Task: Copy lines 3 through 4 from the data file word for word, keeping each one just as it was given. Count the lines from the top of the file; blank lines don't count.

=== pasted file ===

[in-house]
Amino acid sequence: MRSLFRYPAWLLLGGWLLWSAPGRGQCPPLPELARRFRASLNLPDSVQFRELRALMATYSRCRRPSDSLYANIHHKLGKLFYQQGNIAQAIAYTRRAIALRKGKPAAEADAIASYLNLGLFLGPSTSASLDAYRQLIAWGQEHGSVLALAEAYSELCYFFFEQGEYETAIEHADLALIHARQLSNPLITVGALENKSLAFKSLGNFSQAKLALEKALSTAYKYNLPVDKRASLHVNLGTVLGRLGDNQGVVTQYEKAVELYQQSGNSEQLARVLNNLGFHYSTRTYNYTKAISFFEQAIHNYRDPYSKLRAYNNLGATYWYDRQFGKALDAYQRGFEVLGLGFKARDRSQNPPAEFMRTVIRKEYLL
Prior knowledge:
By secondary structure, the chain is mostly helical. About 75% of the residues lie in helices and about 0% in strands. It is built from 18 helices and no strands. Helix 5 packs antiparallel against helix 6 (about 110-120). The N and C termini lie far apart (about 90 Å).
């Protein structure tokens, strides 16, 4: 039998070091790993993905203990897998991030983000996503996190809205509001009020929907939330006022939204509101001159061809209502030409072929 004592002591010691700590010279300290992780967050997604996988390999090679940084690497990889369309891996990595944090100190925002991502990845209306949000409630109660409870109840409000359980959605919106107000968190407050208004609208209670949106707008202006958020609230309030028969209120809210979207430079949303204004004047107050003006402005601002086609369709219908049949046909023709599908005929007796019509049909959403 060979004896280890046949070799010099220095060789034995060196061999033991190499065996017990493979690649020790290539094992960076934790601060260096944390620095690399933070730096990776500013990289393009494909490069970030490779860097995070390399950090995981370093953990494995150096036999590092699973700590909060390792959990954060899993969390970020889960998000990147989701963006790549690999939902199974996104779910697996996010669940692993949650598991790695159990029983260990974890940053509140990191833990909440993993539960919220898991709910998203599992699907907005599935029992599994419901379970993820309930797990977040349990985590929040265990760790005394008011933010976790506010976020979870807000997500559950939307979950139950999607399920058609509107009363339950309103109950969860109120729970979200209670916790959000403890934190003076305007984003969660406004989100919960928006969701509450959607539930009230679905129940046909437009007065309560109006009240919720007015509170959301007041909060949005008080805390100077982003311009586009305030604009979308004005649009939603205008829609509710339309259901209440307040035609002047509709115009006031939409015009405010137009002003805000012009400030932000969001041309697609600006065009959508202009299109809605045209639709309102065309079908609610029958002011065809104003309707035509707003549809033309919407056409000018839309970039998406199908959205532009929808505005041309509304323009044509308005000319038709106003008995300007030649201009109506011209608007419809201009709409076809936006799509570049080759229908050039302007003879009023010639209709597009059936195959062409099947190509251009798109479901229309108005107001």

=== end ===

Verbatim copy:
Prior knowledge:
By secondary structure, the chain is mostly helical. About 75% of the residues lie in helices and about 0% in strands. It is built from 18 helices and no strands. Helix 5 packs antiparallel against helix 6 (about 110-120). The N and C termini lie far apart (about 90 Å).